|Empathy & Respect for Humans: Empathy and respect are fostered for diverse groups of humans (including different genders, ethnic groups, sexual preferences, etc.).|
|Personal Affinity with Earth||Good|
Although it does not have an out-of-door experience, it does teach an appreciation of the oceans, and a need to protect marine environments.
|Personal Affinity with Earth: |
Encourages a personal affinity with -the natural world.
After reading the EHP article, students will see how ocean ecosystems are linked to their own food chain and the value coral reefs have in enhancing medicinal,and spiritual health.
|Locally-Focused Learning: |
Includes learning experiences that take advantage of issues/elements within the local community.
|Past, Present & Future||Good|
The use of scientific inquiry allows students to see the effects of past practices and to highlight the current situation. The future would be seen as positive if students use the results of the inquiry as a springboard to action.
|Past, Present & Future: Promotes an understanding of the past, a sense of the present, and a positive vision for the future.|
Students are able to discover some of the answers on their own through the guided inquiry approach taken.
Lessons are structured so that multiple/complex answers are possible; students are not steered toward one 'right' answer.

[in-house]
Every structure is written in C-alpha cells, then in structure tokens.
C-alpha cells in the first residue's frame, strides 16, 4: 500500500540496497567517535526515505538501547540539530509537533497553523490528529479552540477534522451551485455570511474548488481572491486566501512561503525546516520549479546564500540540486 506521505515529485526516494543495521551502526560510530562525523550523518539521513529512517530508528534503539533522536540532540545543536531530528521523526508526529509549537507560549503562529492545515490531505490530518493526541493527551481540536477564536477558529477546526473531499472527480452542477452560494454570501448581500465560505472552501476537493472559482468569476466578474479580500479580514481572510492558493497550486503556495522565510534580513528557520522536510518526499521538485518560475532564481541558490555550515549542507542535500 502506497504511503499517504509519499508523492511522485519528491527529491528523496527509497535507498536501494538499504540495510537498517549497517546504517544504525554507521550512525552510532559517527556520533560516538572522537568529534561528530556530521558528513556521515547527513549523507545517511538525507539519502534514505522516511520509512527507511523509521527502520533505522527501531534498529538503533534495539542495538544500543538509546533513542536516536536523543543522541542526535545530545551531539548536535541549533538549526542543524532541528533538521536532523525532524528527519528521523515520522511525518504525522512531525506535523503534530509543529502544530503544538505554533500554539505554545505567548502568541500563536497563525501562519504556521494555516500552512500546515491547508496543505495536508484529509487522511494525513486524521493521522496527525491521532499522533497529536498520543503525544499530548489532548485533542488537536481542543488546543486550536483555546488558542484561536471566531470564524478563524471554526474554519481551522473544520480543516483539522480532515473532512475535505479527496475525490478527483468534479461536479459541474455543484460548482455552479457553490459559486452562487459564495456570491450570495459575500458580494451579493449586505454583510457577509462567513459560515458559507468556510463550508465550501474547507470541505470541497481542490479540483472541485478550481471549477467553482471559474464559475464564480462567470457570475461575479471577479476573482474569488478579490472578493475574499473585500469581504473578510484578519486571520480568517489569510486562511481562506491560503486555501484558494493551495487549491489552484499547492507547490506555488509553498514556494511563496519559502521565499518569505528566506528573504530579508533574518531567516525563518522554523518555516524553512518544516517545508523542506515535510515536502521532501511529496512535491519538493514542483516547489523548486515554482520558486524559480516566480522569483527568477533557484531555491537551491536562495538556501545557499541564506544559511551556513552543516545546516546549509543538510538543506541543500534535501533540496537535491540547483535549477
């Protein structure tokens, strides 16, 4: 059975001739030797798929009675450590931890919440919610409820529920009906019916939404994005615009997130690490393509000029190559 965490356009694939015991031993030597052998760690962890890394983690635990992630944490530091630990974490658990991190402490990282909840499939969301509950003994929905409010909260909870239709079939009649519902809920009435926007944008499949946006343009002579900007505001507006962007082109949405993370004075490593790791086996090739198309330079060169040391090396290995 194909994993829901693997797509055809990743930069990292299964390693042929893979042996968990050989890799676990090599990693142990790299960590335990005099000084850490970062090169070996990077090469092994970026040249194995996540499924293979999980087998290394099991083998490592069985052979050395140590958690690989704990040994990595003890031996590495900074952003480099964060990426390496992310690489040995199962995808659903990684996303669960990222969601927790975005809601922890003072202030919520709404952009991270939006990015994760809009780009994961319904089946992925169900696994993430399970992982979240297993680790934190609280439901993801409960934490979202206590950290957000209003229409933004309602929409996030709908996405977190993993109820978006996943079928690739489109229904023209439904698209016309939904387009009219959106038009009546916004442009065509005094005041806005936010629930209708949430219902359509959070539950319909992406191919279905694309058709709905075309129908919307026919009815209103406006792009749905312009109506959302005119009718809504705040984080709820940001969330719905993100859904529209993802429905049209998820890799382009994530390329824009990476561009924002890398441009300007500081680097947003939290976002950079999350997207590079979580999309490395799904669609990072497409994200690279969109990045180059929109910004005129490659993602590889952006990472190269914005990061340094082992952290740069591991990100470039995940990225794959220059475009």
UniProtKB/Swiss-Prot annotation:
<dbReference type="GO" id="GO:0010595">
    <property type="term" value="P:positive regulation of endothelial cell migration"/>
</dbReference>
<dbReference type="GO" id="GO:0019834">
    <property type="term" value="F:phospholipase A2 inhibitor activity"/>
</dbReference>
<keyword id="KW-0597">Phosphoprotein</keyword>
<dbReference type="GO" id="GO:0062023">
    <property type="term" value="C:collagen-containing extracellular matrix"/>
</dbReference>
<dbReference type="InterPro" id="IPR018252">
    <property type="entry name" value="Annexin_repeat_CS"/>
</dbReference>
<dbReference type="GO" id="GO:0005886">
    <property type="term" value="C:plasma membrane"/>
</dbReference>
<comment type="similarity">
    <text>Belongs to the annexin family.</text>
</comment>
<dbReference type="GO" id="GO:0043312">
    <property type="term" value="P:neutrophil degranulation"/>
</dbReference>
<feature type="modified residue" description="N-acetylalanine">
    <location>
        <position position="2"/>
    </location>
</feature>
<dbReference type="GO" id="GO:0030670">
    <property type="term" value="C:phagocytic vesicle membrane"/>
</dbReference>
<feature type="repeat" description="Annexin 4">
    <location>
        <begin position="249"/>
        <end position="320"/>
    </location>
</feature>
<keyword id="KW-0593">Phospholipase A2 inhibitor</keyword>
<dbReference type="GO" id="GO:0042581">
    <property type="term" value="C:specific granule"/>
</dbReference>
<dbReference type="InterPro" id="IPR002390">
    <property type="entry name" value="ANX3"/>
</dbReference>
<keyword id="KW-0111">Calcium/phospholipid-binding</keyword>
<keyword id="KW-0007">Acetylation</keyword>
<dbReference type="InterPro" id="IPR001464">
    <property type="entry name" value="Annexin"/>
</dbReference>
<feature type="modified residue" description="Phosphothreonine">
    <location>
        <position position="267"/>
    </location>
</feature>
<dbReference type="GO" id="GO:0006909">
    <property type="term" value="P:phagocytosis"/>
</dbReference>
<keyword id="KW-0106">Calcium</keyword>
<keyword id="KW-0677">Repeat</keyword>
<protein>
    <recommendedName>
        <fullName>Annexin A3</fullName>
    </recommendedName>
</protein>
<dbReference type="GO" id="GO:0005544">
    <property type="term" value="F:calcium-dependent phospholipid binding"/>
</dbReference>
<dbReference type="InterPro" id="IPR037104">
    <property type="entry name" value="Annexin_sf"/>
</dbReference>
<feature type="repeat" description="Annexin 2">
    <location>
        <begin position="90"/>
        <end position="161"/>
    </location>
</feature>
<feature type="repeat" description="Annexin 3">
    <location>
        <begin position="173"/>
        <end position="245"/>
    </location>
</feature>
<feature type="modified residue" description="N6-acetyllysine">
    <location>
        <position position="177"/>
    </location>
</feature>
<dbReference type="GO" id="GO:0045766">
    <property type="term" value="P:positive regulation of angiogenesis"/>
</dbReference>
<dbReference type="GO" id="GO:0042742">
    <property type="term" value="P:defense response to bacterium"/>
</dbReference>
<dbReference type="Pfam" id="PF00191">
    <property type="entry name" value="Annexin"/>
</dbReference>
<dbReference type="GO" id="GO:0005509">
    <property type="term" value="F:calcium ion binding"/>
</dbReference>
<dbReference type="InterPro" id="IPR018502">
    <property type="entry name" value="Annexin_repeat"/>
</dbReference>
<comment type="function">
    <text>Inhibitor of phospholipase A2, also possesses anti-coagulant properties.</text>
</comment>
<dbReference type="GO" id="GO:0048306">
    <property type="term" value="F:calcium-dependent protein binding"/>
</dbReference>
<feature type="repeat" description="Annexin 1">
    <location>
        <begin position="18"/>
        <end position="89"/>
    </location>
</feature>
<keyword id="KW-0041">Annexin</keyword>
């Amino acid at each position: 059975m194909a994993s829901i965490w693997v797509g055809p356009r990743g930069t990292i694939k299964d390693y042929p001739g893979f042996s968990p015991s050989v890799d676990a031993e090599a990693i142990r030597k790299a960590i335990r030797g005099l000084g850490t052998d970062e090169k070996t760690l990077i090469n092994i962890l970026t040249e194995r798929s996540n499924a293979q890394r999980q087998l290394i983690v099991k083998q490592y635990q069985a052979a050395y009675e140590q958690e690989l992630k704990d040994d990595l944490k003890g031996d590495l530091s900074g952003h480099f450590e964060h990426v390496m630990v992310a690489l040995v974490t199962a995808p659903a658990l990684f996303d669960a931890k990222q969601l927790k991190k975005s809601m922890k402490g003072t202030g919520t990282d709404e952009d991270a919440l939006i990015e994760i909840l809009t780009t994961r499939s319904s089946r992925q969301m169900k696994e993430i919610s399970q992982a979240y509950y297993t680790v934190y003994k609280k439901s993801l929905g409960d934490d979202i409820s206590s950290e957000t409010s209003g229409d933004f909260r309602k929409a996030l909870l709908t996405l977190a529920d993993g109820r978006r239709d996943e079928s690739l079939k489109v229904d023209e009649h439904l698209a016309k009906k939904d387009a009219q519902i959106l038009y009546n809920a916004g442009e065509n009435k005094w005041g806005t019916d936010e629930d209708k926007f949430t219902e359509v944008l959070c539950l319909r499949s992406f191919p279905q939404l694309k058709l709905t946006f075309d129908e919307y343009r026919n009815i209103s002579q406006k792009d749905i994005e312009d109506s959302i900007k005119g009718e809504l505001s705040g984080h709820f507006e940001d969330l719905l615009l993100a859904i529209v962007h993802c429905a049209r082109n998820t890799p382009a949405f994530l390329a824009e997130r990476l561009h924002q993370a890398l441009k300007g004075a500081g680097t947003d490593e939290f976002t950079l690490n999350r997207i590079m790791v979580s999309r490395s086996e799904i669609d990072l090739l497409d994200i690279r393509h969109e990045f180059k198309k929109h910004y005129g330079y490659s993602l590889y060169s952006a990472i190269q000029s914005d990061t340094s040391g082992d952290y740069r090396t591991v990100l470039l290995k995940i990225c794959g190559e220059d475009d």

This is primarily a science resource, but there are opportunities for addressing outcomes in math and social studies.
|Integrated Learning: |
Learning brings together content and skills from more than one subject area
|Inquiry Learning: |
Learning is directed by questions, problems, or challenges that students work to address.
Activities do teach to both the cognitive and affective domains. Reading levels in the EHP introductory article will be challenging for some students. There are no accommodations suggested for students with learning difficulties, but appropriate placement of students in lab groups should address this.
|Differentiated Instruction: |
Activities address a range of student learning styles, abilities and readiness.
Hands-on, minds-on learning are prominent.
|Experiential Learning: |
Authentic learning experiences are provided
|Cooperative Learning: |
Group and cooperative learning strategies are a priority.
|Assessment & Evaluation||Satisfactory|
Some assessment tools are provided, but there are no suggested rubrics for evaluating student work.
|Assessment & Evaluation: Tools are provided that help students and teachers to capture formative and summative information about students' learning and performance. These tools may include reflection questions, checklists, rubrics, etc.|
|Peer Teaching: |
Provides opportunities for students to actively present their knowledge and skills to peers and/or act as teachers and mentors.
|Case Studies: |
Relevant case studies are included. Case studies are thorough descriptions of real events from real situations that students use to explore concepts in an authentic context.
|Locus of Control||Satisfactory|
|Locus of Control: Meaningful opportunities are provided for students to choose elements of program content, the medium in which they wish to work, and/or to go deeper into a chosen issue.|